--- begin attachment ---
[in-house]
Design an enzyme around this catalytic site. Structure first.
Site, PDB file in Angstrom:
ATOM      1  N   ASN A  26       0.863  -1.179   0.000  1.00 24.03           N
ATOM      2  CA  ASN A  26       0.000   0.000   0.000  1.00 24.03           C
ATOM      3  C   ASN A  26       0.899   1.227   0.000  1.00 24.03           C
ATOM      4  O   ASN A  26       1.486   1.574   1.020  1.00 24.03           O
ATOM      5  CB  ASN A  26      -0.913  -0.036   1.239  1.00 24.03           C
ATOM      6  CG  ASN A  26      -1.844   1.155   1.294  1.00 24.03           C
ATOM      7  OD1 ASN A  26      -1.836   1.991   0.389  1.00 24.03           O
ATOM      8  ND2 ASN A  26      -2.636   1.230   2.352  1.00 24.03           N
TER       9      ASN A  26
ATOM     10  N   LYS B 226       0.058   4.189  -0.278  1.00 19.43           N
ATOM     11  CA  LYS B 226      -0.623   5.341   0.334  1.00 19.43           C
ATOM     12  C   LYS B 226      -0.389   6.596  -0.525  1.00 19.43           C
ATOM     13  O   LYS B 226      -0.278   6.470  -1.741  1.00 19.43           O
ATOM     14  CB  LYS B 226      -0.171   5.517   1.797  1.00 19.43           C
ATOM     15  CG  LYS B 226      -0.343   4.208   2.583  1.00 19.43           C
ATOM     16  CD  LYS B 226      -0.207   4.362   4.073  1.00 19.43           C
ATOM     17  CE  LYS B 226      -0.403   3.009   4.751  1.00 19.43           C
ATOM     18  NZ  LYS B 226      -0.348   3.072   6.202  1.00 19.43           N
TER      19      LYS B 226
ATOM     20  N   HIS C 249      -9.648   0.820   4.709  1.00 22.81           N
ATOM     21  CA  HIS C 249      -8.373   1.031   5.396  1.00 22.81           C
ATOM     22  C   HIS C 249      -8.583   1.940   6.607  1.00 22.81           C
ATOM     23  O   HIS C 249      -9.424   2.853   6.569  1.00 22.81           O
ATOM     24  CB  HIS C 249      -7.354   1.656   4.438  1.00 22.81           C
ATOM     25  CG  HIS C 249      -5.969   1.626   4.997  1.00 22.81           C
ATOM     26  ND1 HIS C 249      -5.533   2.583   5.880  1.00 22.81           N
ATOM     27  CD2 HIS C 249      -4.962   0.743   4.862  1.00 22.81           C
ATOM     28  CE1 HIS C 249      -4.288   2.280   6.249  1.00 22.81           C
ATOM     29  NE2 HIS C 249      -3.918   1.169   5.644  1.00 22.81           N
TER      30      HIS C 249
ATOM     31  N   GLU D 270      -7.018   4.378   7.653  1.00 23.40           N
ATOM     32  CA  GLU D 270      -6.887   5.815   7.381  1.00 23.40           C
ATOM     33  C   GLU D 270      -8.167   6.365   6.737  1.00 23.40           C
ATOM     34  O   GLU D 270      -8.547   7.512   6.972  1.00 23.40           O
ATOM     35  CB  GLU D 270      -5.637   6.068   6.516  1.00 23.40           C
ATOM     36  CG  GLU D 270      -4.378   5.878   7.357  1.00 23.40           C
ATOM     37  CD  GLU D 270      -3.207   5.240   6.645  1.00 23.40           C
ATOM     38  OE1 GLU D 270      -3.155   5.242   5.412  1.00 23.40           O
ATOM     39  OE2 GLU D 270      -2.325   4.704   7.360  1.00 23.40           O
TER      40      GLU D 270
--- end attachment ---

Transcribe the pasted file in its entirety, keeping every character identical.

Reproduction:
[in-house]
Design an enzyme around this catalytic site. Structure first.
Site, PDB file in Angstrom:
ATOM      1  N   ASN A  26       0.863  -1.179   0.000  1.00 24.03           N
ATOM      2  CA  ASN A  26       0.000   0.000   0.000  1.00 24.03           C
ATOM      3  C   ASN A  26       0.899   1.227   0.000  1.00 24.03           C
ATOM      4  O   ASN A  26       1.486   1.574   1.020  1.00 24.03           O
ATOM      5  CB  ASN A  26      -0.913  -0.036   1.239  1.00 24.03           C
ATOM      6  CG  ASN A  26      -1.844   1.155   1.294  1.00 24.03           C
ATOM      7  OD1 ASN A  26      -1.836   1.991   0.389  1.00 24.03           O
ATOM      8  ND2 ASN A  26      -2.636   1.230   2.352  1.00 24.03           N
TER       9      ASN A  26
ATOM     10  N   LYS B 226       0.058   4.189  -0.278  1.00 19.43           N
ATOM     11  CA  LYS B 226      -0.623   5.341   0.334  1.00 19.43           C
ATOM     12  C   LYS B 226      -0.389   6.596  -0.525  1.00 19.43           C
ATOM     13  O   LYS B 226      -0.278   6.470  -1.741  1.00 19.43           O
ATOM     14  CB  LYS B 226      -0.171   5.517   1.797  1.00 19.43           C
ATOM     15  CG  LYS B 226      -0.343   4.208   2.583  1.00 19.43           C
ATOM     16  CD  LYS B 226      -0.207   4.362   4.073  1.00 19.43           C
ATOM     17  CE  LYS B 226      -0.403   3.009   4.751  1.00 19.43           C
ATOM     18  NZ  LYS B 226      -0.348   3.072   6.202  1.00 19.43           N
TER      19      LYS B 226
ATOM     20  N   HIS C 249      -9.648   0.820   4.709  1.00 22.81           N
ATOM     21  CA  HIS C 249      -8.373   1.031   5.396  1.00 22.81           C
ATOM     22  C   HIS C 249      -8.583   1.940   6.607  1.00 22.81           C
ATOM     23  O   HIS C 249      -9.424   2.853   6.569  1.00 22.81           O
ATOM     24  CB  HIS C 249      -7.354   1.656   4.438  1.00 22.81           C
ATOM     25  CG  HIS C 249      -5.969   1.626   4.997  1.00 22.81           C
ATOM     26  ND1 HIS C 249      -5.533   2.583   5.880  1.00 22.81           N
ATOM     27  CD2 HIS C 249      -4.962   0.743   4.862  1.00 22.81           C
ATOM     28  CE1 HIS C 249      -4.288   2.280   6.249  1.00 22.81           C
ATOM     29  NE2 HIS C 249      -3.918   1.169   5.644  1.00 22.81           N
TER      30      HIS C 249
ATOM     31  N   GLU D 270      -7.018   4.378   7.653  1.00 23.40           N
ATOM     32  CA  GLU D 270      -6.887   5.815   7.381  1.00 23.40           C
ATOM     33  C   GLU D 270      -8.167   6.365   6.737  1.00 23.40           C
ATOM     34  O   GLU D 270      -8.547   7.512   6.972  1.00 23.40           O
ATOM     35  CB  GLU D 270      -5.637   6.068   6.516  1.00 23.40           C
ATOM     36  CG  GLU D 270      -4.378   5.878   7.357  1.00 23.40           C
ATOM     37  CD  GLU D 270      -3.207   5.240   6.645  1.00 23.40           C
ATOM     38  OE1 GLU D 270      -3.155   5.242   5.412  1.00 23.40           O
ATOM     39  OE2 GLU D 270      -2.325   4.704   7.360  1.00 23.40           O
TER      40      GLU D 270